A statement by State Bank of India (SBI) Chairman Rajnish Kumar in bank’s annual report caught the attention of current and former employees over the weekend.
In the 2019-20 annual report, Kumar said, “With global acceptability of Work-from-Home (WFH) arrangements, the bank is in the process of upgrading its existing WFH policy to Work from Anywhere (WFA). Productivity tools and technology are already in place to perform administrative work remotely.”
Although he specifically mentioned ‘administrative work’, the message that went out was that SBI was planning to shift its general functions outside office premises.
Some rejoiced—thinking about the prospects of having the luxury to work from home and avoid long travel hours, while some wondered how it will pan out in the banking business.
Kumar’s logic was that WFA would reduce commute time, and, hence, ensure better services and better work-life balance. “This is expected to drive down the operational cost for the bank, besides ensuring better motivation and productivity for staff members,” the SBI Chairman said.
How practical is the idea?
But can a banking behemoth, which has about 2.5 lakh employees and 24,000 branches across different states, including far-flung rural areas where people are still taking baby steps into the world of formal banking, successfully migrate to WFH. And, if yes, what functions can be taken out of office?
“A part of the work, particularly administrative and some other jobs, can be shifted to the WFH format,” Naresh Malhotra, a former senior SBI official, told Moneycontrol.
“Quite a bit of IT work also can be deployed out of office. Overall, my hunch is around 25-30 per cent of the workforce can be given WFH option,” Malhotra, who has spent over three decades in the bank, both in India and abroad, said.
Moneycontrol also spoke to at least half a dozen other current and former employees, and their answers broadly reflected the following:
The idea isn’t feasible for a bank of SBI’s size and reach, except in certain functions like administrative work, human resources or some IT functions. Moving out activities like loan proposals and financial transactions isn’t possible and could even be risky.
What does a bank do?
In the most basic terms, a bank’s function is to mobilise deposits and give loans. However, if one looks a bit beyond this, multiple roles emerge: processing loan applications, withdrawals and transfers, cheque/demand draft processing, accepting deposits, giving guarantees, recovery of loan amount, locker facilities, treasury functions, value-added products (insurance, mutual funds and other investment products) and, in the case of PSBs, acting as vehicles for the rollout of government’s populist schemes, are all part of their functions.
According to bankers, it is critical to operate a majority of these functions from the branches. Only those that don’t require real-time supervision and not considered high-risk are the exceptions.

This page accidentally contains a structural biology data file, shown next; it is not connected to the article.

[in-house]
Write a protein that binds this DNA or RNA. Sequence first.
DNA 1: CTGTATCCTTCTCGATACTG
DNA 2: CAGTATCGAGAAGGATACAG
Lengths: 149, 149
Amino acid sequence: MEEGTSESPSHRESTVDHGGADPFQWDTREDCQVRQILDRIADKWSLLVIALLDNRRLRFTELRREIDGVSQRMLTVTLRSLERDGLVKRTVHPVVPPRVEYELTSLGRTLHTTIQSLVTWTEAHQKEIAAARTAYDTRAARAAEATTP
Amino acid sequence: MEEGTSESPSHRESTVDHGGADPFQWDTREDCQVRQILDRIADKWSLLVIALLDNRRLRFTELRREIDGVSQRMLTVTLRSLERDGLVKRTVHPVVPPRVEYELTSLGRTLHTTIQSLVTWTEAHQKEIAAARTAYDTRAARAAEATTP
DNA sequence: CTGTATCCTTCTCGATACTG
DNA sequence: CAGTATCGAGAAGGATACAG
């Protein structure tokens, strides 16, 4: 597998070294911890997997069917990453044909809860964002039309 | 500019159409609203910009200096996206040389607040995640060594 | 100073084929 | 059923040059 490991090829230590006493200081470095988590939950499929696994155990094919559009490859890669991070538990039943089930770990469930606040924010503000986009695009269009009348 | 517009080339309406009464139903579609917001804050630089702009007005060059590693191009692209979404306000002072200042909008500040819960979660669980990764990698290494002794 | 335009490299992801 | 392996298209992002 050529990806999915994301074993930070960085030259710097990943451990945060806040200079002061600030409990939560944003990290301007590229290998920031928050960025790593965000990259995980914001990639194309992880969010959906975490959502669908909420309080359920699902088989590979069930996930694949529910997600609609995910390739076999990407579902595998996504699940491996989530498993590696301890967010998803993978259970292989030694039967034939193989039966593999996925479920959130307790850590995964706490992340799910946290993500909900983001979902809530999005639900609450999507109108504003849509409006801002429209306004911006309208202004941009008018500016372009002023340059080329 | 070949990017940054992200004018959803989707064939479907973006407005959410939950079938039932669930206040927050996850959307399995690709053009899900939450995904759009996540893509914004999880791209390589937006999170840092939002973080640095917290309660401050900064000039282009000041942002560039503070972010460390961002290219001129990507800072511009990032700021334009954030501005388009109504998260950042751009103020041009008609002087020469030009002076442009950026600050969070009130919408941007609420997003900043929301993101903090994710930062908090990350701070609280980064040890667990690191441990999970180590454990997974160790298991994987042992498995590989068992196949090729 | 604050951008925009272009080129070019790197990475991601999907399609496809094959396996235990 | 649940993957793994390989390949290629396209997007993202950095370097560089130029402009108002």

“A loud thinking, don’t read too much into it”
Another official, who takes care of a major business vertical in SBI, said WFA is only an idea in the annual report and a “loud thinking” by the Chairman and nothing is formal yet.
“I’m not sure how will it work. Anyway, there are no formal communication as such, may be some discussions,” the official said, requesting not to be named.
Another employee with a PSU bank, who too didn’t want to be identified, said: “WFH works for administrative work and most of us takes files homes to prepare various reports. As far as financial services are concerned, it is not feasible.”
Already, banks use alternative channels such as ATMs, Banking Correspondents (agents of banks authorised to collect deposits and give small loans). Banks also use digital channels such as internet/mobile banking and UPIs for smaller transactions. But, for high value transactions, customers still prefer to visit bank branches,” said the banker.
Rural customers love brick-and-mortar branches
WFA could be a problem in rural areas where internet connectivity is problematic and customers prefer to visit branches, another banker said.
“You also need to look at the profile of customers. In rural branches, still more than 90 per cent transactions happen at brick-and-mortar branches, unlike in metros where only 30-40 per cent customers visit branches,” said the banker.
Ashvin Parekh, managing partner, Ashvin Parekh Advisory Services, a consultancy firm, said: “There is some merit in looking at Rajnish Kumar’s plan. SBI seems to have taken the idea from the RBI, which successfully tried the work from outside option by constituting a team of 150 officers. It is a good concept for SBI as well but for an organisation of 24,000 branches, this needs more planning. With good internet connectivity and access to controls, it is an idea worth experimenting.”
After COVID-19 was declared a pandemic, the RBI had shifted about 150 officers to an outside location to work in quarantine so that the critical functions of the RBI won’t be affected. The central bank provided machinery and other facilities for these officers to work flawlessly.
Will WFH/WFA work for India’s largest bank? Well, work is in progress, let’s wait and see.